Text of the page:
WO ME N ON T HE MOV E BUS INESS
BRENDA R. MARCH
Children and Education Manager/Parramore Kidz Zone Manager City of Orlando Brenda R. March is the Children and Education manager for the City of Orlando and the manager of the Parramore Kidz Zone. In her role she is directly responsible for organizing and providing leadership to grassroots community leaders, nonprofits, educational groups and faith organizations in Parramore and surrounding communities. March also lends her expertise on a national scale as an advocate for children in underserved communities. The mission of PKZ is to level the playing field for Parramore’s children, equipping them with the tools to become successful, healthy and well-educated adults. PKZ aims to reduce juvenile crime, teen pregnancy, and high school drop-out rates in Orlando’s highest poverty neighborhood and seeks to ultimately replicate this model in other Orlando neighborhoods. PKZ is achieving this by investing in activities that make a difference in children’s lives such as quality early childhood education, after school programs, family economic success programs, youth development programs for teenagers, access to healthcare, mentoring, tutoring, college access assistance and more. March brings more than 30 years of experience to PKZ,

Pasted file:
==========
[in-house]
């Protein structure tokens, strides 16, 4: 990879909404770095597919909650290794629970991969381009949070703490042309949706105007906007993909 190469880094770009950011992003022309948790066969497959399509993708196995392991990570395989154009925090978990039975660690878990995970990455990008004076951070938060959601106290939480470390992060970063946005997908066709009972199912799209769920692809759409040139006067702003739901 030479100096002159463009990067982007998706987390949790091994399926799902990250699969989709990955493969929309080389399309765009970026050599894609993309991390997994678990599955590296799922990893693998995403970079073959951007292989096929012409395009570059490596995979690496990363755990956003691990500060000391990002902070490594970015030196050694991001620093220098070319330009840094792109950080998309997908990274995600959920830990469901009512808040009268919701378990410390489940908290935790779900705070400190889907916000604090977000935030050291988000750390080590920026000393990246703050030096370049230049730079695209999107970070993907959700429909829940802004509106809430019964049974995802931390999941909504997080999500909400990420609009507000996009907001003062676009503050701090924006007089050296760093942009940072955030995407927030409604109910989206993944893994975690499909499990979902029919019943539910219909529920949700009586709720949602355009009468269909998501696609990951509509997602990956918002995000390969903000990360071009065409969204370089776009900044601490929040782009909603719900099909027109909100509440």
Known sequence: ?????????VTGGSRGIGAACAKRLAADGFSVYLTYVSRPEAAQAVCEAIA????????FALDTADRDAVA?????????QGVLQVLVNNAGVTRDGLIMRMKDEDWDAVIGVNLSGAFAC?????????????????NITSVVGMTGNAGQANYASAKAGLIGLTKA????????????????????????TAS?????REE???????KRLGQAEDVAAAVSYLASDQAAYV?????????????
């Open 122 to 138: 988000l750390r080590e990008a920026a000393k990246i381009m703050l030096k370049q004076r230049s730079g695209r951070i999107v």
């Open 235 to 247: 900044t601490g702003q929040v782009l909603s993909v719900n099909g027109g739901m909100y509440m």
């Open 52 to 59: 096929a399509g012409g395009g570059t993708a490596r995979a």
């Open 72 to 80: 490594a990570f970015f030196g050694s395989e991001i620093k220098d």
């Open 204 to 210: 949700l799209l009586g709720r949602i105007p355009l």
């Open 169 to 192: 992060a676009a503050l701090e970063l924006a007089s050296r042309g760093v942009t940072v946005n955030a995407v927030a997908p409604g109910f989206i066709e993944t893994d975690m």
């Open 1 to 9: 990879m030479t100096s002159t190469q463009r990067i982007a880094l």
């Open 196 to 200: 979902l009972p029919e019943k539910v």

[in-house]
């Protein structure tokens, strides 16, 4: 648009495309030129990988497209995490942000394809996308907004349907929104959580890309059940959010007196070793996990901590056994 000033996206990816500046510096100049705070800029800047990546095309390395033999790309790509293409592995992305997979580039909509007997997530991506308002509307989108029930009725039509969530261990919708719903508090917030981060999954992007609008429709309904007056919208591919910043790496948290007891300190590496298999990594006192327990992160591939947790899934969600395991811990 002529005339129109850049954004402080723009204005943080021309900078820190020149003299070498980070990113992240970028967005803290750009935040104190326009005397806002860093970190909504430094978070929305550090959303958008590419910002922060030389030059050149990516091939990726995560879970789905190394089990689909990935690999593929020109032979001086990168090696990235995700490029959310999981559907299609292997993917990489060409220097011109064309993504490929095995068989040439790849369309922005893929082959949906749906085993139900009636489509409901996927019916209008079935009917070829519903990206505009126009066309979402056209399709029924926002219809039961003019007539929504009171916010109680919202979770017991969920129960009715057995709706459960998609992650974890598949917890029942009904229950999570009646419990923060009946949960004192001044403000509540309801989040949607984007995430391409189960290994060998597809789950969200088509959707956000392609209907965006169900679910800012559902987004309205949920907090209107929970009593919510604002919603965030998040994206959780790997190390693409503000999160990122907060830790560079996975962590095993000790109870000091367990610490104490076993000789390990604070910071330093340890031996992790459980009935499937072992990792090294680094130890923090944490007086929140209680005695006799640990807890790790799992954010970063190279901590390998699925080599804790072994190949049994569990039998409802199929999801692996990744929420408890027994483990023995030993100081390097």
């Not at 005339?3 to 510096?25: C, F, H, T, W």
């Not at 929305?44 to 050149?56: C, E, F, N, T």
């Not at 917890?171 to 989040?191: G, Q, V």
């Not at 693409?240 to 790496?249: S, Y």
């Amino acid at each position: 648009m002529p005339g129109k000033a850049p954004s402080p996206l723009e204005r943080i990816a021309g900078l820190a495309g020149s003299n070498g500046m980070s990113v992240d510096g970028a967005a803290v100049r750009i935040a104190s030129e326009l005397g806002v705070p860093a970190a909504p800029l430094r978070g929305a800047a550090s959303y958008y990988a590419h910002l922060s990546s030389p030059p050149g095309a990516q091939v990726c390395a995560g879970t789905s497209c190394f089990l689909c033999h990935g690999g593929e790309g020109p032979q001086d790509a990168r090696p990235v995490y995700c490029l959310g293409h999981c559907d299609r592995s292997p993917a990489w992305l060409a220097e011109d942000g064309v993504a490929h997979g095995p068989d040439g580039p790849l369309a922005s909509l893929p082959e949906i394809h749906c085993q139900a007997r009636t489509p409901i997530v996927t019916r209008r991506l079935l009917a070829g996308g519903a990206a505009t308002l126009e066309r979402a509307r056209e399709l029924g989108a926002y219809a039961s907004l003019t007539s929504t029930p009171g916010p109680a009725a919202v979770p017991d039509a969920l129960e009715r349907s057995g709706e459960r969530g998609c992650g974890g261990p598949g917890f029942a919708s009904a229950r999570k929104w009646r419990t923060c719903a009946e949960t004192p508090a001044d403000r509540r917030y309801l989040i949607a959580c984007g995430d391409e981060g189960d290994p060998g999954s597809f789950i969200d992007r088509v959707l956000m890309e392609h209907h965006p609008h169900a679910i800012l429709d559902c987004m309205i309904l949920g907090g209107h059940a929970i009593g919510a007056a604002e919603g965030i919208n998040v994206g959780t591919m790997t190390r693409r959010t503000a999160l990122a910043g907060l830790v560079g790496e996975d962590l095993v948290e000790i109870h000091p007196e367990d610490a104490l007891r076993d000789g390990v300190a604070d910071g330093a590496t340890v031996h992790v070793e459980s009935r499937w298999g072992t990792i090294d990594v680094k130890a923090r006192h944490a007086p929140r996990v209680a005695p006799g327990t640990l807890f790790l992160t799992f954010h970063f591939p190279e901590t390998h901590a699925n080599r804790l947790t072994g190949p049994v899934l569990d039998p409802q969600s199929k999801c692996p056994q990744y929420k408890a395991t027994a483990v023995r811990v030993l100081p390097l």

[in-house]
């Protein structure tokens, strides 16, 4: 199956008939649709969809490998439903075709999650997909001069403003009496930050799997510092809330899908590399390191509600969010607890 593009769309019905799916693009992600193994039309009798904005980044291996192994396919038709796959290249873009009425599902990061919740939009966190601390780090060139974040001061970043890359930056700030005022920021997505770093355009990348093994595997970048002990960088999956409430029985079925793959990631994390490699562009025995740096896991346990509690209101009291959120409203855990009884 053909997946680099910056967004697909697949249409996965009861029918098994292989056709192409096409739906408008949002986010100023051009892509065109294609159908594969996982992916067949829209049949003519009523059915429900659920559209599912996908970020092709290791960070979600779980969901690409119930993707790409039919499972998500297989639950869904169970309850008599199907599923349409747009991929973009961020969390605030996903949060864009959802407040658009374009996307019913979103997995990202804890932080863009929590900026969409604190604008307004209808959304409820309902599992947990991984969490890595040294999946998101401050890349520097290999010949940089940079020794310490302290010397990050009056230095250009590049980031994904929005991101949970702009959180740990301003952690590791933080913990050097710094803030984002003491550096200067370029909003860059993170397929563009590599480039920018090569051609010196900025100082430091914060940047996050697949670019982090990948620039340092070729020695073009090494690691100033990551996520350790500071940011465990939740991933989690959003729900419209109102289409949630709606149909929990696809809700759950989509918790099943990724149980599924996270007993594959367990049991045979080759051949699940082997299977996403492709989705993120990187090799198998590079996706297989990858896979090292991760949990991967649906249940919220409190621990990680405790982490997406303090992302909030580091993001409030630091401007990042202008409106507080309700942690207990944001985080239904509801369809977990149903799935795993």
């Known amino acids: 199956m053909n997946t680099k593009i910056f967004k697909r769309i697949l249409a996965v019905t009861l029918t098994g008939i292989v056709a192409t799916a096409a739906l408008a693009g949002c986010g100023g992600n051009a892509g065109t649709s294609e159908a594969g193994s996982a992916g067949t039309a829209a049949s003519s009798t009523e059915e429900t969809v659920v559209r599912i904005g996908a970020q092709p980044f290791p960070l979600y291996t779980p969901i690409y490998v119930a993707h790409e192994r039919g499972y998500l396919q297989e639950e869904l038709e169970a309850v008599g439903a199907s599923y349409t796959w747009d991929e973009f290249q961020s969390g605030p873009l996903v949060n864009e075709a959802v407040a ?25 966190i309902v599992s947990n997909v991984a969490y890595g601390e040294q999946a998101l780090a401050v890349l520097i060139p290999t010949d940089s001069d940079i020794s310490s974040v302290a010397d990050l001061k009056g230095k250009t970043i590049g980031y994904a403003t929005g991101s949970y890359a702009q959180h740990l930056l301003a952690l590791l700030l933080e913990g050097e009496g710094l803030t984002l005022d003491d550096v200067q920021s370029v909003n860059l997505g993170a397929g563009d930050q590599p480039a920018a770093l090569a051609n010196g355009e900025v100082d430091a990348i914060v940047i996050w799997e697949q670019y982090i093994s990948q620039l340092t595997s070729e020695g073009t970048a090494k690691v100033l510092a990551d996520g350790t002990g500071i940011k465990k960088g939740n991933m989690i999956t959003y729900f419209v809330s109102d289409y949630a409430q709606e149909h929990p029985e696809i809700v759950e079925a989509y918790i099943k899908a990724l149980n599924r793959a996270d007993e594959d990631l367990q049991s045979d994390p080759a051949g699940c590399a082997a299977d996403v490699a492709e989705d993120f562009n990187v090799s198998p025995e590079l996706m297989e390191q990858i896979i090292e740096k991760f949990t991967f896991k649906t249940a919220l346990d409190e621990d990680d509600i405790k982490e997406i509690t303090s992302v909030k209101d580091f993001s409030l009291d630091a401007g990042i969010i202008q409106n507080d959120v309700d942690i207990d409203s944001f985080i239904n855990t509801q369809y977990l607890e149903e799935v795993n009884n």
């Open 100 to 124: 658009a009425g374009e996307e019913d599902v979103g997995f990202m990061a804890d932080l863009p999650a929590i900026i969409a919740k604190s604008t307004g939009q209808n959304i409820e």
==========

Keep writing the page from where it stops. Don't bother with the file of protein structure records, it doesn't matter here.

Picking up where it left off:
specifically in the areas of program management, community organizing and public relations. March has developed an extensive portfolio of programs during her 25-year tenure with the City of Orlando. She was instrumental in First Lady Michelle Obama’s “Let’s Move! Cities, Counties, and Towns”; the National League of Cities; Policy Link: Campaign for Black Male Achievement; President Obama’s My Brother’s Keeper Orlando; Citizen Corps; and Neighborhood and Community Plans. She has been appointed by the mayor to facilitate numerous task forces, committees and community relations initiatives to inform and engage Orlando citizens in municipal government. In addition to her work with the City of Orlando, March serves on numerous boards and national panels including: Allstate Tom Joyner Family Reunion; Cities United; Volunteer Florida; My Brother’s Keeper; Heart of Florida United Way CAP Board of Directors; Orlando Minority Youth Golf Association Board; Steinway Society of Central Florida; Orlando City Soccer; Parramore History Committee; YMCA Achievers; and the Orlando Community & Youth Trust, Inc., where she served as president.